What The Publishers Say About The Opposite of Certainty
What happens when we can no longer pretend that the ground underfoot is bedrock and the sky above predictable?
All Janine Urbaniak Reid ever wanted was for everyone she loved to be okay so she might relax and maybe be happy. Her life strategy was simple: do everything right. This included trying to be the perfect mother to her three kids so they would never experience the kind of pain she pretended not to feel growing up. What she didn’t expect was the chaos of an out-of-control life that begins when her young son’s hand begins to shake.
The Opposite of Certainty is the story of Janine’s reluctant journey beyond easy answers and platitudes. She searches for a source of strength bigger than her circumstances, only to have her circumstances become even thornier with her own crisis. Drawn deeply and against her will into herself, and into the eternal questions we all ask, she discovers hidden reserves of strength, humor, and a no-matter-what faith that looks nothing like she thought it would.
Beautifully written and deeply hopeful, Janine shows us how we can come through impossible times transformed and yet more ourselves than we’ve ever allowed ourselves to be.
What I Say About The Opposite of Certainty
From the opening line, Janine Urbaniak Reid’s memoir was instantly relatable – “I want to tell this story as if it happened to someone else,” she writes – and from reading about an experience that includes dealing with a child’s illness, it is easy to see why a parent might want to remove themselves from the narrative. Boze grozi. Polish for What did you do to make God so mad at you? What did you do wrong that caused your child to be sick? Despite the difficult subject matter, the book was easy to read and enthralling all the way through. Janine describes challenges plaguing many mothers – deciding whether to work outside the home or devote her time to raising the children, and what that means for her other identities as a wife and indeed as a woman in her own right. But even more than that, she delves into the issues that existed long before she took on those other selves, exploring the depth of her early life. The memoir emphasizes religious faith and how its discovery helps in the definition and experience of the issues plaguing Reid and her family and it was inspiring to read about their overcoming the challenges. I liked that the book begins in the future so there isn’t a tense will-he-won’t-he as we go through the diagnosis and treatment of her son’s illness because although we know he is changed, we also know he is alive and thriving and that allows the reader to focus on everything else the author wants to communicate – the difficulty of finding a diagnosis, championing for health care and the effects that the experience has on everyone involved. Reading this book invites introspection into our own experiences but it also gives hopeful perspective and spreads a feeling of warmth as though the reader has invited you into the intimacies of her life. The Opposite of Certainty is a book to recommend to any parent or any who’s ever navigated the health care system, either as a patient or a nervous care giver.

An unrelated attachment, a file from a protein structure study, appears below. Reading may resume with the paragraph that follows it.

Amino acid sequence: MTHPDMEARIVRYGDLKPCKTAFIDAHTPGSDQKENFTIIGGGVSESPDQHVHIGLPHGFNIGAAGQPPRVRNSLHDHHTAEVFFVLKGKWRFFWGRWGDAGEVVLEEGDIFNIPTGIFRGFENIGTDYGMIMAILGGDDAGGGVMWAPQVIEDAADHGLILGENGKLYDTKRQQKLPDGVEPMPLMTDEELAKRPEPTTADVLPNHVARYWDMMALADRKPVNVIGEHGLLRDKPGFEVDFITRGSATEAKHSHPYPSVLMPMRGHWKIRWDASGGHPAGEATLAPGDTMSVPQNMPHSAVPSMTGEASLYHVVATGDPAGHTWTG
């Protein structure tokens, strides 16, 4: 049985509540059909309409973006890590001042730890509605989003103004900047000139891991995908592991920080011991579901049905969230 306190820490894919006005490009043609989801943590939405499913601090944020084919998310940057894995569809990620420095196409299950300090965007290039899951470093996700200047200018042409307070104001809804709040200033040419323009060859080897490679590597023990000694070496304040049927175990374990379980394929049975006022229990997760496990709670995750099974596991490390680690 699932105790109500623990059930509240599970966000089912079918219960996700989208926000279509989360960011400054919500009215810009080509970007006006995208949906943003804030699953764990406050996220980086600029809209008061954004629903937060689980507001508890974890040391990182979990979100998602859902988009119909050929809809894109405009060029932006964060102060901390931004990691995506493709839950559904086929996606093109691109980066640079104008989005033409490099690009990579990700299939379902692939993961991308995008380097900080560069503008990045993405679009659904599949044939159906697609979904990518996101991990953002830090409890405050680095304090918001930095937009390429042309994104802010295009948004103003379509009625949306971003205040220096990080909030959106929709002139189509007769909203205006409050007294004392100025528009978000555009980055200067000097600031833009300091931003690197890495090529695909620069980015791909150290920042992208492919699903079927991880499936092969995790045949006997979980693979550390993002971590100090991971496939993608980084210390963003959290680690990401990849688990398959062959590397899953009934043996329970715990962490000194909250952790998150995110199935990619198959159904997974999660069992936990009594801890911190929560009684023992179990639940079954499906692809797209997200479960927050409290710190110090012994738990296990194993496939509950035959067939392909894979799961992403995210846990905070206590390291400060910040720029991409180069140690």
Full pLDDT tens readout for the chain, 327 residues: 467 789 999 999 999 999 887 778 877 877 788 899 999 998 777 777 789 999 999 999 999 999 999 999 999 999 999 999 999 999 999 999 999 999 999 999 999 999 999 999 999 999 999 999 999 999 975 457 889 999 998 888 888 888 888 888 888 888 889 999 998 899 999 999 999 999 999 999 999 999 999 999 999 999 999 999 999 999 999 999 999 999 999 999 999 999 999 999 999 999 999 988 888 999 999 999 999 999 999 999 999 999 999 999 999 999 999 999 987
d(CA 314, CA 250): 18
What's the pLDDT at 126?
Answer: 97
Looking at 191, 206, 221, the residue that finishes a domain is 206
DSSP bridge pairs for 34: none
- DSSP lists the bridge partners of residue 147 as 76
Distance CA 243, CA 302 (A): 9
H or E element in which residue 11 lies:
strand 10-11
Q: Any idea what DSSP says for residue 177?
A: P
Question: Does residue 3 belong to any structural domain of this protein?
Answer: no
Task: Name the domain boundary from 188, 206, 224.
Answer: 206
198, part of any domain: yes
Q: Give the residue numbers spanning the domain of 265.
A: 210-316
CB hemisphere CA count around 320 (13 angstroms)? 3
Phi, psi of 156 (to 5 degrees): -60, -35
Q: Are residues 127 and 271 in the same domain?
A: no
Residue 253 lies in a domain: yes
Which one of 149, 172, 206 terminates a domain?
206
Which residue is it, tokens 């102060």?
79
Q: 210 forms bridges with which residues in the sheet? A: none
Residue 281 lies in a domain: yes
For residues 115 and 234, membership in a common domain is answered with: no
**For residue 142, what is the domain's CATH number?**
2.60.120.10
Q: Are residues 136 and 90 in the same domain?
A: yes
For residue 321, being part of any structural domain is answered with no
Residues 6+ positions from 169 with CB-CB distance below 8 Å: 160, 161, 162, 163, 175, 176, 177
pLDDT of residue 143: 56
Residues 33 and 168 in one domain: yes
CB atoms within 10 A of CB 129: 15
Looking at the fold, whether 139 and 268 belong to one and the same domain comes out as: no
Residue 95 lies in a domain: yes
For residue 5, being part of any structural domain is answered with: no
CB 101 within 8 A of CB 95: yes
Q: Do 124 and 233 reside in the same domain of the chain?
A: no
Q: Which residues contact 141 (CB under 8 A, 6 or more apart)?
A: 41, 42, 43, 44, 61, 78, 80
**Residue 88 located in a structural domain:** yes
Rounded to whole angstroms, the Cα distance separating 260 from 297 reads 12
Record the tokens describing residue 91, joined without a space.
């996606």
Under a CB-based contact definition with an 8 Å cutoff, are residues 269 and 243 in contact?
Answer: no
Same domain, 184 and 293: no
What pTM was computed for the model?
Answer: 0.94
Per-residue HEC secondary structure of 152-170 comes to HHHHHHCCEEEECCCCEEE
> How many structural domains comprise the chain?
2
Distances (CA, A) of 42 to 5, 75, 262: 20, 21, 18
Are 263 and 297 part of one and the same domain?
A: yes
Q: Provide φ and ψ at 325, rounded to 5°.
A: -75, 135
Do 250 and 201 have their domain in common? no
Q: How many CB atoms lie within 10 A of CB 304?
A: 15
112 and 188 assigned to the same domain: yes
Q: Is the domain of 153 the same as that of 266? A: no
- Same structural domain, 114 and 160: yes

What Her Peer Reviewers Say About The Opposite of Certainty
“Brilliant, rich…breathtakingly honest and sometimes very funny.” —Anne Lamott
“Extraordinary.” —Caroline Leavitt
“Observant and warm…the finest company.”—Kelly Corrigan
- Title: The Opposite of Certainty
- Author: Janine Urbaniak Reid
- Pages: 273
- Format: Paperback
- Publisher: Thomas Nelson Publishing
- Publication Date: May 12, 2020
Thanks to Thomas Nelson Publishing and TLC Book Tours for providing a complimentary copy of The Opposite of Certainty in order for me to complete this review. I was not otherwise compensated and the above reflects my honest opinions about the book.